Simcha Feuerman
Psychology, Torah and the Daf Yomi

You Made the Wine, I Just Made the Grapes and More… Bava Metzia 57-60


You Made the Wine, I Just Made the Grapes

Our Gemara on Amud Beis rules that the oath and various other obligations of a watchman are not applicable when it is an item that belongs to the Temple treasury. The verse states, “His peer” (Shemos 22:6) , which excludes something belonging to the sacred coffers. 

Ohr Hachaim (ibid) offers a metaphysical-legal explanation. There is a well known exemption from obligations of the watchmen or borrower when we consider the owner as “with him” in the usage or endeavor (ibid 22:13). The simple logic is that if the owner is somehow working alongside you (various halachic technicalities apply), the object is not fully entrusted to the watchman, and there is less liability. Ohr Hachaim cleverly argues that since God is everywhere, he is always present alongside His objects (the Temple treasury), and so the typical obligations of a watchman are not incurred.

The idea that God is sovereign and intimately involved in our actions is a fundamental religious principle. The Gemara (Berachos 35a) formulates this idea in the practice of reciting blessings before eating or enjoying pleasures of the world:

Rabbi Levi raised a contradiction: It is written: “The earth and all it contains is the Lord’s,” and it is written elsewhere: “The heavens are the Lord’s and the earth He has given over to mankind” (Psalms 115:16). There is clearly a contradiction with regard to whom the earth belongs. He himself resolves the contradiction: This is not difficult. Here, the verse that says that the earth is the Lord’s refers to the situation before a blessing is recited,

The idea is paradoxical but true. We have no right to anything. Once we humbly accept this fact, God grants us the right and permission to enjoy.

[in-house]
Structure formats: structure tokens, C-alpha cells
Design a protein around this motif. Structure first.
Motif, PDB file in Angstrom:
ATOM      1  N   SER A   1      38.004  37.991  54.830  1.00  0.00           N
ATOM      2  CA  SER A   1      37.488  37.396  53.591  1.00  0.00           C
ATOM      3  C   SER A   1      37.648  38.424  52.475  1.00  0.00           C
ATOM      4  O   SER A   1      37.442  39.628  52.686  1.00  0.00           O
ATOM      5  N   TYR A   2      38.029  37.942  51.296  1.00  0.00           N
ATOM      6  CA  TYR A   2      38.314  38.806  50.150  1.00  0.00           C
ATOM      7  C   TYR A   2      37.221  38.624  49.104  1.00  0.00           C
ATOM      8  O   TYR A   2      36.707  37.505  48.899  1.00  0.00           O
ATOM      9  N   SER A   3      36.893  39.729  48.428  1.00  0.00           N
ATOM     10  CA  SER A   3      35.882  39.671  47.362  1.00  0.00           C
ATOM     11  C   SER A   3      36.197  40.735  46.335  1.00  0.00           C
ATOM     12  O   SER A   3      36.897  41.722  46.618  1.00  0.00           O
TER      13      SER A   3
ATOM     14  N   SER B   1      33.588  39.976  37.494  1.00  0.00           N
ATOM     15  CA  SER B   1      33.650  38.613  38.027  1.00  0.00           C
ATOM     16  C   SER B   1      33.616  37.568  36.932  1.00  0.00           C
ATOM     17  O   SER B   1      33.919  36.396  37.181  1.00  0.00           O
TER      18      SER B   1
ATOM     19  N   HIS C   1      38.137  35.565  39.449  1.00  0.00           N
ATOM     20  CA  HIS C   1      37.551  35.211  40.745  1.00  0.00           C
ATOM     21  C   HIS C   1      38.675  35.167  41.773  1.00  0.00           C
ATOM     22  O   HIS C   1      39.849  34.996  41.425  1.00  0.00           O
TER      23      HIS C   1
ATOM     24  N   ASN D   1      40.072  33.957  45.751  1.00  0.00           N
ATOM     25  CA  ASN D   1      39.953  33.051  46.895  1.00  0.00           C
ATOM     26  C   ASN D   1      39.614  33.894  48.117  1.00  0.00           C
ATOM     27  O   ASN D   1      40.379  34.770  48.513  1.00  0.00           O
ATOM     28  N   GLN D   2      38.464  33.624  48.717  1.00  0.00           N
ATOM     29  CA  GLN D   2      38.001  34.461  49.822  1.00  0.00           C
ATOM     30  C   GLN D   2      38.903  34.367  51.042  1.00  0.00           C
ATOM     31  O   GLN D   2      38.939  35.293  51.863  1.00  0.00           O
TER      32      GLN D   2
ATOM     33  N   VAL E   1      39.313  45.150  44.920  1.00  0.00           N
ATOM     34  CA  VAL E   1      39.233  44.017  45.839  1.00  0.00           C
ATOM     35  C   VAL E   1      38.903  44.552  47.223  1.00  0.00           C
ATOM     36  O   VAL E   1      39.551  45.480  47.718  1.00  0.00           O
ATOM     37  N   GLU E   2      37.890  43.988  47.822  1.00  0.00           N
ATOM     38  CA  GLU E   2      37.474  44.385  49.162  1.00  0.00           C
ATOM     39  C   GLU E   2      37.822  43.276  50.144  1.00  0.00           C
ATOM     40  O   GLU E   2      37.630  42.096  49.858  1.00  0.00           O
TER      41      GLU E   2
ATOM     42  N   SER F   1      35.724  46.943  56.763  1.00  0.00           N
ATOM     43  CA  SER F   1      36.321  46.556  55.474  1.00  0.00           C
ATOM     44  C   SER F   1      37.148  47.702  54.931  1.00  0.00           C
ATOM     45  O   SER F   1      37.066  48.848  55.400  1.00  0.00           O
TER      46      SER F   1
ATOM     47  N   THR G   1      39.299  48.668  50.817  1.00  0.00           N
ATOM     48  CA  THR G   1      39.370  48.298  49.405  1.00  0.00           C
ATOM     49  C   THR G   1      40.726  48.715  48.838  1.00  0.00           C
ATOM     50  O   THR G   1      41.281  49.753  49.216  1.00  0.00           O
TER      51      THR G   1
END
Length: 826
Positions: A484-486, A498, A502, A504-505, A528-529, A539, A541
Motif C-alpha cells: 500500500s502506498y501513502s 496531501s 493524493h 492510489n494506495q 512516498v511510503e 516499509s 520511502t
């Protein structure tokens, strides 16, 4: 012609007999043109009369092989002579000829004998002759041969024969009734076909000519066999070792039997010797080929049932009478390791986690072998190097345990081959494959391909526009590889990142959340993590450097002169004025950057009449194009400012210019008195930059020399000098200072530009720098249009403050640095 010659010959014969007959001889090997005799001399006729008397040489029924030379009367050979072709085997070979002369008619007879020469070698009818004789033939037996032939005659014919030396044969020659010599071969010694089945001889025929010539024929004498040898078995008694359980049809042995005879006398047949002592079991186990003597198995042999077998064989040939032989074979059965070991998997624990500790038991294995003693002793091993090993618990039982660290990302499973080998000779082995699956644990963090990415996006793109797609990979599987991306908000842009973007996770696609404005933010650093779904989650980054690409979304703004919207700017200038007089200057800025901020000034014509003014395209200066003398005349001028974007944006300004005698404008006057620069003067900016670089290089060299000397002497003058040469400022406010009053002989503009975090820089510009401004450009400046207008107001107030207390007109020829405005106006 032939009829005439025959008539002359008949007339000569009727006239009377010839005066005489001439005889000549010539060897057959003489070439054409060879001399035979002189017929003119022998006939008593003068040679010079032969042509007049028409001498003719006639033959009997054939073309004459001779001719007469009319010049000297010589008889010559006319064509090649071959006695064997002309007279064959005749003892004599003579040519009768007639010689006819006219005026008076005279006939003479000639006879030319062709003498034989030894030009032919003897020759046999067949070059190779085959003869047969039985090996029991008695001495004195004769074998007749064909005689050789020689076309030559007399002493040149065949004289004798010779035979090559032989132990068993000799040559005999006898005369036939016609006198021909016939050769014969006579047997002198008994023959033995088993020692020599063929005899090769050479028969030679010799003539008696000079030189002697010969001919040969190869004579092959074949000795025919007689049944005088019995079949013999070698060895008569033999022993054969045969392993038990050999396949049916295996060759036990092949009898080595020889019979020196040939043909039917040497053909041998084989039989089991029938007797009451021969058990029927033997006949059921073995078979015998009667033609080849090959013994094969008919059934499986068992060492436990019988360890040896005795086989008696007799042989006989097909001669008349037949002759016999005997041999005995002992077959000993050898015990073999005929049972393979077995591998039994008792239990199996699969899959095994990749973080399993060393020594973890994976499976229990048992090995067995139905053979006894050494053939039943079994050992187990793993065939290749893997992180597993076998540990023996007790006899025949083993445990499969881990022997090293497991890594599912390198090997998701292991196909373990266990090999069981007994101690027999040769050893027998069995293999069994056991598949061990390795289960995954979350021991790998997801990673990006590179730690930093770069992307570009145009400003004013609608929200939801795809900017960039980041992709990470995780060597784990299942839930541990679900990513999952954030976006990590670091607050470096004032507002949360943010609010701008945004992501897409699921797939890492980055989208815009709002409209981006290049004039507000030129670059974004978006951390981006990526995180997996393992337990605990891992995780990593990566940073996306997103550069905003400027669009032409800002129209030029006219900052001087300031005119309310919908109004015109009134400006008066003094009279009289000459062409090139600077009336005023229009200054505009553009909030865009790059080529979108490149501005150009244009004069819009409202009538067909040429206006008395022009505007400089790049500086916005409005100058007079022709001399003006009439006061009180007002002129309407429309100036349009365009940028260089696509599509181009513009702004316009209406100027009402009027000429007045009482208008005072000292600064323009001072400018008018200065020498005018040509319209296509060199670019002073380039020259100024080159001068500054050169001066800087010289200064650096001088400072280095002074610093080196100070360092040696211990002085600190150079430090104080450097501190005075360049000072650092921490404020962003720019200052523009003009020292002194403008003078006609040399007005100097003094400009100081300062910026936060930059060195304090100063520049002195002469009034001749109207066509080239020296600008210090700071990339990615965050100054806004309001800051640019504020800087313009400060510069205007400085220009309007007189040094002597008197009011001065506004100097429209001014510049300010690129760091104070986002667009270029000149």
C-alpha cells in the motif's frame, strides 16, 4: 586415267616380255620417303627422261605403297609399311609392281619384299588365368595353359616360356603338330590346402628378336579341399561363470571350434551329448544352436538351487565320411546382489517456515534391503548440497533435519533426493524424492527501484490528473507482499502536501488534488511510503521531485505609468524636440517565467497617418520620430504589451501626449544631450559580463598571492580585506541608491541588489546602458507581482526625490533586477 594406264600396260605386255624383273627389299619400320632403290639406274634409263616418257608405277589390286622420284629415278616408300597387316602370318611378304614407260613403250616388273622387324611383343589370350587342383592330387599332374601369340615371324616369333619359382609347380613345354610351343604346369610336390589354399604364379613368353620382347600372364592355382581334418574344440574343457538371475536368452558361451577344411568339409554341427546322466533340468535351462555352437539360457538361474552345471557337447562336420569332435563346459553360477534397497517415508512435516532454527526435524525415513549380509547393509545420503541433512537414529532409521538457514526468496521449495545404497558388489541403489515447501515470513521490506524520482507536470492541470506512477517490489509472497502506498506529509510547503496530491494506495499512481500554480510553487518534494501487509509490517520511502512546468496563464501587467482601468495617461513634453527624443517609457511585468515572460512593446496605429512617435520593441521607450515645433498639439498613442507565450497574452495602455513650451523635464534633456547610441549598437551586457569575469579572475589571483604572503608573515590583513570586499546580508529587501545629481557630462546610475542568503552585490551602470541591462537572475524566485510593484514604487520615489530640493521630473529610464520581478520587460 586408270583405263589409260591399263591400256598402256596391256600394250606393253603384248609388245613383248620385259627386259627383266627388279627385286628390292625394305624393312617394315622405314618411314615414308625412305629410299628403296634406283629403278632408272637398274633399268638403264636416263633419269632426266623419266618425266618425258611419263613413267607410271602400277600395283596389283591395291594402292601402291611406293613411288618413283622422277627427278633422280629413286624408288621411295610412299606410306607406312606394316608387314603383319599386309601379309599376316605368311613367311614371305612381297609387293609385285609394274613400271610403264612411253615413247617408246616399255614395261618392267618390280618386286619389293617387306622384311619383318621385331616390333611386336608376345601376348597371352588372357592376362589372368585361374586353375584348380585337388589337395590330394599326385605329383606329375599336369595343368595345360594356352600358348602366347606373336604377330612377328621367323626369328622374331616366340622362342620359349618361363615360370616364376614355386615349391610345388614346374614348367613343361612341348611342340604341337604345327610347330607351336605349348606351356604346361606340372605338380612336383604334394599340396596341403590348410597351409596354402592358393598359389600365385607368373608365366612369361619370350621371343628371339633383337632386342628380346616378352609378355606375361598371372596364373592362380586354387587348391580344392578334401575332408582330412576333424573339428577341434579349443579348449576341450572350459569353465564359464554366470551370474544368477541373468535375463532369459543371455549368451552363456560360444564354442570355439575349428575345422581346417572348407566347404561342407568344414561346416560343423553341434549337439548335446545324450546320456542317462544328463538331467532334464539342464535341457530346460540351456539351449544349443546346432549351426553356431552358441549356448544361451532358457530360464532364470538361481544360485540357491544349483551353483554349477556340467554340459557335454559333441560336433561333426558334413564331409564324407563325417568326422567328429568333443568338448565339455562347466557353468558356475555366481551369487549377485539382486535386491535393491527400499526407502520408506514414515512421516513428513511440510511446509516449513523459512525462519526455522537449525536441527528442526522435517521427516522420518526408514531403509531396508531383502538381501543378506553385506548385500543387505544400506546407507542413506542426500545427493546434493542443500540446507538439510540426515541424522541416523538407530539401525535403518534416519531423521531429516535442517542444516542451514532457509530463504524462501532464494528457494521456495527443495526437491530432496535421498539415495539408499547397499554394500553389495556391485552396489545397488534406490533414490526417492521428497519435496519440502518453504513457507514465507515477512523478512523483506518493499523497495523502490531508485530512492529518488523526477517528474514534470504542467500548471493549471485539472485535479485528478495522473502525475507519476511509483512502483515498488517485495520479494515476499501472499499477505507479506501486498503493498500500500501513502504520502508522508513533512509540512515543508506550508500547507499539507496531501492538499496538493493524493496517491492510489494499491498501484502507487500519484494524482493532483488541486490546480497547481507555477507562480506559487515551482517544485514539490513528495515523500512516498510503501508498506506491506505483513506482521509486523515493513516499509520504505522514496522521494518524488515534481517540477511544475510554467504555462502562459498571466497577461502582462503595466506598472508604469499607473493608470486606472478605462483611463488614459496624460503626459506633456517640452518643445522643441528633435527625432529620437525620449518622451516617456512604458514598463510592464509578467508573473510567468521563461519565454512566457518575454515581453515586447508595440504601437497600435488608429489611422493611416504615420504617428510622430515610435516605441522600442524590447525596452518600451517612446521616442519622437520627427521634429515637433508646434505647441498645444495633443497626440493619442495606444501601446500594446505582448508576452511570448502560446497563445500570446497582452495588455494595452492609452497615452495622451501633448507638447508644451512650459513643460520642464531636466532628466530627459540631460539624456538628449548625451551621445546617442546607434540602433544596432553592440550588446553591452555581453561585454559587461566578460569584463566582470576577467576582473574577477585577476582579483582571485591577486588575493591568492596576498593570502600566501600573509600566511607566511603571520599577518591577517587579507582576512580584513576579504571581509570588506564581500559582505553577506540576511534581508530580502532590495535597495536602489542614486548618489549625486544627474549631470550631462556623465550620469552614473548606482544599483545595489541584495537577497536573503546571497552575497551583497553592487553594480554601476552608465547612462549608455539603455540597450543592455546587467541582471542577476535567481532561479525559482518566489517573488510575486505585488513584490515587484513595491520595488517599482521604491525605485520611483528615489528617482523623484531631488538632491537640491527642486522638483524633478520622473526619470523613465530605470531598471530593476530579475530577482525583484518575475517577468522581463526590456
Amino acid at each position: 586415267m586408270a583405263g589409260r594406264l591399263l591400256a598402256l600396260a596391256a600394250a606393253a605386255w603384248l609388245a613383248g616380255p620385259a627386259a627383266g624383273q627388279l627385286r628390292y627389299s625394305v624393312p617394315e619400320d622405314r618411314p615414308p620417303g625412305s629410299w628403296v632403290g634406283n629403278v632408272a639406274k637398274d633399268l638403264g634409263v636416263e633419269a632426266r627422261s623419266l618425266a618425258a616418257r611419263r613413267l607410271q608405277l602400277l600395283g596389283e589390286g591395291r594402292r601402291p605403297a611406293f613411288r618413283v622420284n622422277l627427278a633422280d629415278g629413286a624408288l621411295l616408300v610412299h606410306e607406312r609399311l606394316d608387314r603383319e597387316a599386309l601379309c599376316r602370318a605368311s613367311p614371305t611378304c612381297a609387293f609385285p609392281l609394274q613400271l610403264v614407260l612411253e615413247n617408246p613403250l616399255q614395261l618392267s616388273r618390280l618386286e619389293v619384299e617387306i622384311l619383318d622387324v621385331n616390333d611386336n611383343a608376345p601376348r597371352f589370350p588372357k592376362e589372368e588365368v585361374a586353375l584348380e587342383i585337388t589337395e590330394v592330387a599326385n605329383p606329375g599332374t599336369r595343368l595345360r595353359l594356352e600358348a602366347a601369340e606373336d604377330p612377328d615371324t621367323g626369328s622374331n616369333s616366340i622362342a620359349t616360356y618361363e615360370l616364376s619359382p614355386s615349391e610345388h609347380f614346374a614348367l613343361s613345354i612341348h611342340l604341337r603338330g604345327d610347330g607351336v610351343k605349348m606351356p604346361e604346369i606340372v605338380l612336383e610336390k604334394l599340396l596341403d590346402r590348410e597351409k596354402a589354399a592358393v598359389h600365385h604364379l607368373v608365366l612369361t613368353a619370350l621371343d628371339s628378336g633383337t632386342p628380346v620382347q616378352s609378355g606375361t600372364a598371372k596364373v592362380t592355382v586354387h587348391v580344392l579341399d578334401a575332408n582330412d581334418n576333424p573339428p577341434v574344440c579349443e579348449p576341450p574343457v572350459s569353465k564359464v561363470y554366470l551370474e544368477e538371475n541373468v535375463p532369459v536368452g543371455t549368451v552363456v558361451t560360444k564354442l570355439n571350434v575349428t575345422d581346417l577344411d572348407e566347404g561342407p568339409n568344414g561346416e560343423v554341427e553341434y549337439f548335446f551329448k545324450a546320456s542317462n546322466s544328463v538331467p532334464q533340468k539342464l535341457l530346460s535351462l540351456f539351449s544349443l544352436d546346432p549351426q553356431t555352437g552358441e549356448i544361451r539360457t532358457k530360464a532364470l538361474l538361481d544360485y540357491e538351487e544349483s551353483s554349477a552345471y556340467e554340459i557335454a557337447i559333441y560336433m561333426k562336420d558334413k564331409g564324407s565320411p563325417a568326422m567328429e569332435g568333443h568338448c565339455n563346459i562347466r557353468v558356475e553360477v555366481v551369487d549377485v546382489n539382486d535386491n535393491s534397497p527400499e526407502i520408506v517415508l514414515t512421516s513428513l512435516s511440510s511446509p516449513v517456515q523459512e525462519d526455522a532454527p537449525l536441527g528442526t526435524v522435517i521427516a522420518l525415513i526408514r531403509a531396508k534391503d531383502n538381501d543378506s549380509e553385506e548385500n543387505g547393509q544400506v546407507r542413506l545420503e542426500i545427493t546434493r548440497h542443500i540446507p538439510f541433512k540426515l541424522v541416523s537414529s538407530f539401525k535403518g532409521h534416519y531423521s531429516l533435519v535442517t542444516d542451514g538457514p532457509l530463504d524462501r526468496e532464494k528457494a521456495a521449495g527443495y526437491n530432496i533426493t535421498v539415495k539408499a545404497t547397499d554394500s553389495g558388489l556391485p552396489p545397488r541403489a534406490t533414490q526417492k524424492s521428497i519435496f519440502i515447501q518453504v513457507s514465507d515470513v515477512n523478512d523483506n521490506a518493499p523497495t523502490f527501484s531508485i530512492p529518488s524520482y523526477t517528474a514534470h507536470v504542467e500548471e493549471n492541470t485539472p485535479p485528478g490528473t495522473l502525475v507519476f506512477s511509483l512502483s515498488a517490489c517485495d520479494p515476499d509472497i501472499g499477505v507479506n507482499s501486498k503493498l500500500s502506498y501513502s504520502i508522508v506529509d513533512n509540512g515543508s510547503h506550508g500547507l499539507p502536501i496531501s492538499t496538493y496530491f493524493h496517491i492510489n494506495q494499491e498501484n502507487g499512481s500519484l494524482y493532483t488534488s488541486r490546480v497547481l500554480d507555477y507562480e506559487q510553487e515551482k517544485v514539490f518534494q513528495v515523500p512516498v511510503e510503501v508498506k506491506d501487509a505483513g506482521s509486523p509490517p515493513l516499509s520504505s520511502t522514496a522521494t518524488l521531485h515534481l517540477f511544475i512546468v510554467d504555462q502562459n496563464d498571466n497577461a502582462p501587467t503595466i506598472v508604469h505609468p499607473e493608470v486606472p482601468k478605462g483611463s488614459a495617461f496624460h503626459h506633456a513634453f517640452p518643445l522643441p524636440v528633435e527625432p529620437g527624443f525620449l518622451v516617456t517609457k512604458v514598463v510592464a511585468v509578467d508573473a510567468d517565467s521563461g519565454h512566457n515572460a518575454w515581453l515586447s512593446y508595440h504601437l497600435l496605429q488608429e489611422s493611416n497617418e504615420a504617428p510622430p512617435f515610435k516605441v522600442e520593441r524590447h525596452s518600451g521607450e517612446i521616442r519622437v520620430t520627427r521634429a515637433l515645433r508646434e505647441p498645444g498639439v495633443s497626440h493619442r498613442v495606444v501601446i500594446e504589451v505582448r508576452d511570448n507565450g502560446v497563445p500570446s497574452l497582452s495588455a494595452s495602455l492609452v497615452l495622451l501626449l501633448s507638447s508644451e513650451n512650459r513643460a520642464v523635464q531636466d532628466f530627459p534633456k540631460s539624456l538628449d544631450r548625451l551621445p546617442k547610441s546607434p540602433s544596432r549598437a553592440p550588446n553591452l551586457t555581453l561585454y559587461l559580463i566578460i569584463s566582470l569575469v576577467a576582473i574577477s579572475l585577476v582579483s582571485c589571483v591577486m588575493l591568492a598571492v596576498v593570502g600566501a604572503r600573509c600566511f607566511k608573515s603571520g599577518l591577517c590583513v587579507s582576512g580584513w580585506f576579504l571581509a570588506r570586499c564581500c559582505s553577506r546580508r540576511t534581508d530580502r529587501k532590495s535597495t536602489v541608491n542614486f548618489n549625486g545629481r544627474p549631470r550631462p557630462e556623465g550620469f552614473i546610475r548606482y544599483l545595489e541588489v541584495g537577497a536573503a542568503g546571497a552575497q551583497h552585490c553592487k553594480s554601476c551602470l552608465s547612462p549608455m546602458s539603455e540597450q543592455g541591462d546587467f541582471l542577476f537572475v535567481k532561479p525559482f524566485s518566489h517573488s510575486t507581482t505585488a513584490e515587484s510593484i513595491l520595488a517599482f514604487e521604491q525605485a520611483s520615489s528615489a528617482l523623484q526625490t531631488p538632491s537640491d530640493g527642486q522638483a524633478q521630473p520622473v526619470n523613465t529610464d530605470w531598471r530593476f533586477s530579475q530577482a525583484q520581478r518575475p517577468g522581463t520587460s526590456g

We also can use this idea to understand the text of the blessing on bread, “He who takes bread out of the ground.” Really? I have not seen bread grow on trees! Bread is made through complex human engineering. Threshing the grain, grinding it, kneading the dough, letting it rise, and baking it. Yet, the blessing is thanking God for bringing bread out of the ground! This is precisely the point. Even though you have to work hard for it, never forget that God is the one who really gives it to you.

I’ve noticed though that the blessing on wine is crafted in the opposite manner. Here we recite, “He who creates the fruit of the vine.” The blessing references the fruit, not the actual wine, yet ironically the blessing on grapes is not “He who creates the fruit of the vine”, but rather “He who creates the fruit of the tree.” (See Shulchan Aruch OC 202:1). How do we account for this difference between wine and bread? I am wondering whether there is a subtle message here about wine. Human industry and ingenuity can be harnessed for lofty or sinful pursuits, and the choice is solely ours. God says to those who abuse wine, “Don’t blame me, I did not make the wine. YOU made the wine, I just made grapes.”